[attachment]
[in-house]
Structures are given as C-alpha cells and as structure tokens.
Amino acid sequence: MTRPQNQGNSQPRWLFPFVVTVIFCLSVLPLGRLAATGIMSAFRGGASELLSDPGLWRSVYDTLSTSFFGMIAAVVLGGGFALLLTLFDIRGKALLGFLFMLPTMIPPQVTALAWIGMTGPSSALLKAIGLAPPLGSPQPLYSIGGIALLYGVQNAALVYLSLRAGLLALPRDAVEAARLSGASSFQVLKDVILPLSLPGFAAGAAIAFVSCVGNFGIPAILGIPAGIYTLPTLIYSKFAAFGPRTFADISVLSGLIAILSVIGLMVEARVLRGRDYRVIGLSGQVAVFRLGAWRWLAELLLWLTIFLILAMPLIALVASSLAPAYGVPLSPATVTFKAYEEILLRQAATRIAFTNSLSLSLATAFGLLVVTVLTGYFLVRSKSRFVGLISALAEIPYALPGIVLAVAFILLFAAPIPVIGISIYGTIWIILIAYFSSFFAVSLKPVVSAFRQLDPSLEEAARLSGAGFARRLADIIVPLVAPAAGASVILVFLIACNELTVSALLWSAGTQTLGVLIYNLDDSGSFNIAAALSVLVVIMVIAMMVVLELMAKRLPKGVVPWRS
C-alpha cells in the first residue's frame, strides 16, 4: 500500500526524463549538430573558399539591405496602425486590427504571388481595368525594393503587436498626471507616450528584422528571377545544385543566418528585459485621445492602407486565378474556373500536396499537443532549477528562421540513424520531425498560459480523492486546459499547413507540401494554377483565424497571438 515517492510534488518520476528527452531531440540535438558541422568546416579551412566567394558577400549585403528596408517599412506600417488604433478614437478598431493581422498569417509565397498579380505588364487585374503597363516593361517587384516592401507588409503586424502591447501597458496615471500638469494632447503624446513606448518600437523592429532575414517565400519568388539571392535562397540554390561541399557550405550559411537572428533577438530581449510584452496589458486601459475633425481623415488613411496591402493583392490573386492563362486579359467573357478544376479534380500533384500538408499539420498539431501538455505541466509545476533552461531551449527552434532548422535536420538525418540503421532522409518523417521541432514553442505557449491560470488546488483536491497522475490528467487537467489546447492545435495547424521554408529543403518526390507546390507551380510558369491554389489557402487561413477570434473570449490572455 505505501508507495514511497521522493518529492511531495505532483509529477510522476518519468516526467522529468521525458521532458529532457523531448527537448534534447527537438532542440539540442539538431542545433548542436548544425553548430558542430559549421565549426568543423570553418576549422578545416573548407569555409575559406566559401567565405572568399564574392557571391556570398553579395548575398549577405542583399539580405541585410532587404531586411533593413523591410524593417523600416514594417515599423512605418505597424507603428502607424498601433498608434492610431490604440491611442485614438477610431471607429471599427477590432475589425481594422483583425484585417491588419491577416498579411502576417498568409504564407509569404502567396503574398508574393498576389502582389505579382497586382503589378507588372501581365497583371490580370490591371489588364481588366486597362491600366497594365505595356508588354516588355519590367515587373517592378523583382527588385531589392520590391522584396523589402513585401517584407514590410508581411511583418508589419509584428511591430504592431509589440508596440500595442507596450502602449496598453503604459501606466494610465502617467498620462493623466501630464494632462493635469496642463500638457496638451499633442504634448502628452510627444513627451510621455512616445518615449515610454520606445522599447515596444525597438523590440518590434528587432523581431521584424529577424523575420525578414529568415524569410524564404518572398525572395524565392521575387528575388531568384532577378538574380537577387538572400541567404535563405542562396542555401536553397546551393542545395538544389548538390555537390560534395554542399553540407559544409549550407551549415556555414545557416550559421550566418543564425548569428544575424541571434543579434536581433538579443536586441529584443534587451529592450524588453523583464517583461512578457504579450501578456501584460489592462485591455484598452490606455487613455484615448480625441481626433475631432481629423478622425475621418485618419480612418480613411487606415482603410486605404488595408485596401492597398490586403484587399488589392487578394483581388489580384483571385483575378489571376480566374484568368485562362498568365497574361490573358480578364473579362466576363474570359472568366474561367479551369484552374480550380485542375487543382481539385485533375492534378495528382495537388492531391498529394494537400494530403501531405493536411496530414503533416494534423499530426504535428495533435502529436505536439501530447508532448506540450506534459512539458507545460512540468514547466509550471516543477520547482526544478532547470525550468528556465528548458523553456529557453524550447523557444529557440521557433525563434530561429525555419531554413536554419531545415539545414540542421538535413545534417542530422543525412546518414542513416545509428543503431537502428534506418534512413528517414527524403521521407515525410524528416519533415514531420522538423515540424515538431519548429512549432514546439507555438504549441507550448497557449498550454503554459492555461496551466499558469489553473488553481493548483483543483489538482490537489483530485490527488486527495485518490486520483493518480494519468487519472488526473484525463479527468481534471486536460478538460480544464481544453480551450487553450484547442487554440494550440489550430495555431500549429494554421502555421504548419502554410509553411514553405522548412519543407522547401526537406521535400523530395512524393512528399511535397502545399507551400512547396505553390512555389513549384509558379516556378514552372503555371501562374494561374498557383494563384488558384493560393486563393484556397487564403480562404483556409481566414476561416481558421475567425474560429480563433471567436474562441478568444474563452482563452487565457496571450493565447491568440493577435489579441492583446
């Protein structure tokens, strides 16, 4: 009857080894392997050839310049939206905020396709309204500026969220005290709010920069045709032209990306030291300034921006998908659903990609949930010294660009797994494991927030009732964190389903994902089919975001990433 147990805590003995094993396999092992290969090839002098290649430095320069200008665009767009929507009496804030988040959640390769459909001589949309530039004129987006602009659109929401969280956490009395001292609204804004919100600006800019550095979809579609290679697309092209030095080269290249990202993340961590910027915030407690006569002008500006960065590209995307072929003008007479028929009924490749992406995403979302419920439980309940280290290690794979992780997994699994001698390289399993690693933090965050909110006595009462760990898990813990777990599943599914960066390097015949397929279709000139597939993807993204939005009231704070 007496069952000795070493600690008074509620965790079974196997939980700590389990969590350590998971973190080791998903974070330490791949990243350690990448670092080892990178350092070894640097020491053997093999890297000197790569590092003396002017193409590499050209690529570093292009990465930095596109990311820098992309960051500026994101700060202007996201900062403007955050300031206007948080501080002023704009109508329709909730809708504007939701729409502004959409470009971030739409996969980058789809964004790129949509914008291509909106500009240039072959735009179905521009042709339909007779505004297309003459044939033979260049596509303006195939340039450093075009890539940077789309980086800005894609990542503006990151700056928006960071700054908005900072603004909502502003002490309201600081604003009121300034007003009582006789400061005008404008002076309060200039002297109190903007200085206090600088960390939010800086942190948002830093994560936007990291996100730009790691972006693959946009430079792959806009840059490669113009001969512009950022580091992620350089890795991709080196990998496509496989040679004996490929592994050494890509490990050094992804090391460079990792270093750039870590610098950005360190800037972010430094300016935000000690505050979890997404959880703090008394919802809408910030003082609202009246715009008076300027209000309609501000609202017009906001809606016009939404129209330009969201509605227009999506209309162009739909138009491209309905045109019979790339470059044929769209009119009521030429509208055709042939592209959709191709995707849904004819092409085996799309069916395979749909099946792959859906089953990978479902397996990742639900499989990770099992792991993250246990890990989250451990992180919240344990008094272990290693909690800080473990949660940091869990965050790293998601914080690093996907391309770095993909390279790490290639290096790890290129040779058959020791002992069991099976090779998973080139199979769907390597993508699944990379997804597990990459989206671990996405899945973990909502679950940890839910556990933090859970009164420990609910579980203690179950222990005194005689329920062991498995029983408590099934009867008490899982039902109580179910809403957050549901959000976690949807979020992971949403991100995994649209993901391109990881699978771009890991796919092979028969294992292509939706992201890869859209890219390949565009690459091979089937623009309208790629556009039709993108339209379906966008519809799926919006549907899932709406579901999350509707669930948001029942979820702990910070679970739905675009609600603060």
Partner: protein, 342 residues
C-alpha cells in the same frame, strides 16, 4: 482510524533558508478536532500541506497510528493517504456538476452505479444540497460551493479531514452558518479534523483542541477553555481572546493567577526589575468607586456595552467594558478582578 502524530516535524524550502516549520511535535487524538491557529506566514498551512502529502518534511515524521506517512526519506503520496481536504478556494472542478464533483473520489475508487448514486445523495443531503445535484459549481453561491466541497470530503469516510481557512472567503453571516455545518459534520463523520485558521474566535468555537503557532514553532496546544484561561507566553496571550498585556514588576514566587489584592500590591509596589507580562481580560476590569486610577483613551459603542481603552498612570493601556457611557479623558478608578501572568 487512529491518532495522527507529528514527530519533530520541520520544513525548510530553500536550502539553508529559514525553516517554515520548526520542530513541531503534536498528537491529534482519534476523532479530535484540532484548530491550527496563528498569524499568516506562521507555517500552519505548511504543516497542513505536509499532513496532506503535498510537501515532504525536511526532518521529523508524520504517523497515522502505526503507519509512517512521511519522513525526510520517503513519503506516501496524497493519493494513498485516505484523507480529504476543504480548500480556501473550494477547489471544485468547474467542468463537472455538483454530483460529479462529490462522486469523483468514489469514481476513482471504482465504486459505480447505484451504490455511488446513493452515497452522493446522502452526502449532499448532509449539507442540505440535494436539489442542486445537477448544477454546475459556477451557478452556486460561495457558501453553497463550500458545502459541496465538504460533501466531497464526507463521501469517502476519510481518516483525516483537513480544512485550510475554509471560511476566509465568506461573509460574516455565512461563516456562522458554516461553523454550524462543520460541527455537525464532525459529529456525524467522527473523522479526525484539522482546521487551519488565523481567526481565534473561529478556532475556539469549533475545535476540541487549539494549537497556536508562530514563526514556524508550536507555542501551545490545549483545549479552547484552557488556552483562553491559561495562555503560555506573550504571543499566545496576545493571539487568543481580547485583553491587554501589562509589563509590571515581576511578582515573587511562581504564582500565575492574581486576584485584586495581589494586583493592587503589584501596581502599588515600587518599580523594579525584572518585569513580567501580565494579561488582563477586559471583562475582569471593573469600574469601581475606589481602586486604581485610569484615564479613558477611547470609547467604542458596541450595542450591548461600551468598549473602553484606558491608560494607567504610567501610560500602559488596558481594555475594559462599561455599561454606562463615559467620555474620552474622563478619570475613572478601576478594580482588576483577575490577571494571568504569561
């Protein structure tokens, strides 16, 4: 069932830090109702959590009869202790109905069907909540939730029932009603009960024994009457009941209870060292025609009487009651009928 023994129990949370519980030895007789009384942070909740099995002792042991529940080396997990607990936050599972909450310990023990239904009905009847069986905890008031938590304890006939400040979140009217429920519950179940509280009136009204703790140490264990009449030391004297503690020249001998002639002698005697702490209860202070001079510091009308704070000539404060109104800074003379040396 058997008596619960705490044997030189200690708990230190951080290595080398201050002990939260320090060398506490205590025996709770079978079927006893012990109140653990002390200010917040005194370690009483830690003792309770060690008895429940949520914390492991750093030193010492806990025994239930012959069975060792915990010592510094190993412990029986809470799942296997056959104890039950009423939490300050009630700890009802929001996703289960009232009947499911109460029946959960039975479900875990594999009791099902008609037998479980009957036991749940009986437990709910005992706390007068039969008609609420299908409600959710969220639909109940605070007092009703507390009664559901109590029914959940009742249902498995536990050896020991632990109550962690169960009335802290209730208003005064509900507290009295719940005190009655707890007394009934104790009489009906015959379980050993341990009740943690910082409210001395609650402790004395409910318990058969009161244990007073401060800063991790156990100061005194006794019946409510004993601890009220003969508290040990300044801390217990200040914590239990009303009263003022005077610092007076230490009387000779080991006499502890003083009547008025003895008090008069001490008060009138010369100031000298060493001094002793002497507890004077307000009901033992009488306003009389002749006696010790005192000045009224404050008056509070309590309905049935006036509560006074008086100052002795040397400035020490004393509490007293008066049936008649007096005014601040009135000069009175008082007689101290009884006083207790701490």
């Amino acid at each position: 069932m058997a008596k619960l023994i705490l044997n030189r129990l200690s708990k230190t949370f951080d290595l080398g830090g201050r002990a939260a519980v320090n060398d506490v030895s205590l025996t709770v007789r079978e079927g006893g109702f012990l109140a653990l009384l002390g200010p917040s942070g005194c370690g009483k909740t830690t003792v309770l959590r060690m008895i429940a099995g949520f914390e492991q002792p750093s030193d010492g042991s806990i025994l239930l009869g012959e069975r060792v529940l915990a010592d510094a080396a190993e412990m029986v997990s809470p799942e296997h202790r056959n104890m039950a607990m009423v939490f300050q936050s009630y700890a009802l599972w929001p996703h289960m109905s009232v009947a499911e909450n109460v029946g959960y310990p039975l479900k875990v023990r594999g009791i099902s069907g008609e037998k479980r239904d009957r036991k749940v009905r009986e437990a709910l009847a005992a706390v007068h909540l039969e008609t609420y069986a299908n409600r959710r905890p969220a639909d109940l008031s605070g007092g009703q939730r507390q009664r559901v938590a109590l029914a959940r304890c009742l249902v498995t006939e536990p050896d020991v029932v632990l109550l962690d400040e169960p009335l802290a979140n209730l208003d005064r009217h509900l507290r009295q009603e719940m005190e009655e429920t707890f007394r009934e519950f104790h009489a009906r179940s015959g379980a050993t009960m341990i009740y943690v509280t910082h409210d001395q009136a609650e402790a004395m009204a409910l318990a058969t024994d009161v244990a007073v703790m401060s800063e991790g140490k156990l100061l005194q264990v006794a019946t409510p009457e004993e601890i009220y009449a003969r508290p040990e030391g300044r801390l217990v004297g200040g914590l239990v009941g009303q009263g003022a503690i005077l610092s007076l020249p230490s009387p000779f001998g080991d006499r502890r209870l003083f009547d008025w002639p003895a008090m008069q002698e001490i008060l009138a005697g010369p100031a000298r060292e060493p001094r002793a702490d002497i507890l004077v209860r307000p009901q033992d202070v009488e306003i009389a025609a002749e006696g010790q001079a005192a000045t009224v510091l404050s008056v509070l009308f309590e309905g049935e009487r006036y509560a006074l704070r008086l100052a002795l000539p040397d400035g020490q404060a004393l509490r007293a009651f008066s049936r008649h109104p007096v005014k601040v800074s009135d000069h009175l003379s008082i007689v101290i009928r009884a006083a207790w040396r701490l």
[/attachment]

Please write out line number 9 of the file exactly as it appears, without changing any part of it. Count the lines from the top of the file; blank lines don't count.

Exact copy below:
């Amino acid at each position: 069932m058997a008596k619960l023994i705490l044997n030189r129990l200690s708990k230190t949370f951080d290595l080398g830090g201050r002990a939260a519980v320090n060398d506490v030895s205590l025996t709770v007789r079978e079927g006893g109702f012990l109140a653990l009384l002390g200010p917040s942070g005194c370690g009483k909740t830690t003792v309770l959590r060690m008895i429940a099995g949520f914390e492991q002792p750093s030193d010492g042991s806990i025994l239930l009869g012959e069975r060792v529940l915990a010592d510094a080396a190993e412990m029986v997990s809470p799942e296997h202790r056959n104890m039950a607990m009423v939490f300050q936050s009630y700890a009802l599972w929001p996703h289960m109905s009232v009947a499911e909450n109460v029946g959960y310990p039975l479900k875990v023990r594999g009791i099902s069907g008609e037998k479980r239904d009957r036991k749940v009905r009986e437990a709910l009847a005992a706390v007068h909540l039969e008609t609420y069986a299908n409600r959710r905890p969220a639909d109940l008031s605070g007092g009703q939730r507390q009664r559901v938590a109590l029914a959940r304890c009742l249902v498995t006939e536990p050896d020991v029932v632990l109550l962690d400040e169960p009335l802290a979140n209730l208003d005064r009217h509900l507290r009295q009603e719940m005190e009655e429920t707890f007394r009934e519950f104790h009489a009906r179940s015959g379980a050993t009960m341990i009740y943690v509280t910082h409210d001395q009136a609650e402790a004395m009204a409910l318990a058969t024994d009161v244990a007073v703790m401060s800063e991790g140490k156990l100061l005194q264990v006794a019946t409510p009457e004993e601890i009220y009449a003969r508290p040990e030391g300044r801390l217990v004297g200040g914590l239990v009941g009303q009263g003022a503690i005077l610092s007076l020249p230490s009387p000779f001998g080991d006499r502890r209870l003083f009547d008025w002639p003895a008090m008069q002698e001490i008060l009138a005697g010369p100031a000298r060292e060493p001094r002793a702490d002497i507890l004077v209860r307000p009901q033992d202070v009488e306003i009389a025609a002749e006696g010790q001079a005192a000045t009224v510091l404050s008056v509070l009308f309590e309905g049935e009487r006036y509560a006074l704070r008086l100052a002795l000539p040397d400035g020490q404060a004393l509490r007293a009651f008066s049936r008649h109104p007096v005014k601040v800074s009135d000069h009175l003379s008082i007689v101290i009928r009884a006083a207790w040396r701490l």